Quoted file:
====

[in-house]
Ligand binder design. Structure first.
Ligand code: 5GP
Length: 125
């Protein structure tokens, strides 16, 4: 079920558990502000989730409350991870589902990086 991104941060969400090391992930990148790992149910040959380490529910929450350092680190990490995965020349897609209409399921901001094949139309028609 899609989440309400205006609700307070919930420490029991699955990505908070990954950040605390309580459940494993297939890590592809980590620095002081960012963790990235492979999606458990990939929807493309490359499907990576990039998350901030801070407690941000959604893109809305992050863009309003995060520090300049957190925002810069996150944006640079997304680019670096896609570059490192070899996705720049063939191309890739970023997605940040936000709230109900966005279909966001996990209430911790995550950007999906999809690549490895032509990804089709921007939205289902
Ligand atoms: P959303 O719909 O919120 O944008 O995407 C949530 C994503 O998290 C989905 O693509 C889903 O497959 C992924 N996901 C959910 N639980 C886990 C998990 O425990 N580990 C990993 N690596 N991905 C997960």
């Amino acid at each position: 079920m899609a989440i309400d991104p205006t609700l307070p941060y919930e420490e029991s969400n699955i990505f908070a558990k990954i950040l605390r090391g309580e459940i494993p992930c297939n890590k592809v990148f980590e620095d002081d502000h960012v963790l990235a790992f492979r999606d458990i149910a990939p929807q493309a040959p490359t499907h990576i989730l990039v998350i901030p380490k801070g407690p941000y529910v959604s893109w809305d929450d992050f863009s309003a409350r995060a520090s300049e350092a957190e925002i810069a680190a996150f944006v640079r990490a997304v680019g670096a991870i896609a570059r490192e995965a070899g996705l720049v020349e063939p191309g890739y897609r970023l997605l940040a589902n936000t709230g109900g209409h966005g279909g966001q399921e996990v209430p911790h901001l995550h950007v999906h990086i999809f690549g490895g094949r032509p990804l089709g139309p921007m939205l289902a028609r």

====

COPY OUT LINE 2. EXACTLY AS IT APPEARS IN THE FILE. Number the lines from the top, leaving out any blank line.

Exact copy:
Ligand binder design. Structure first.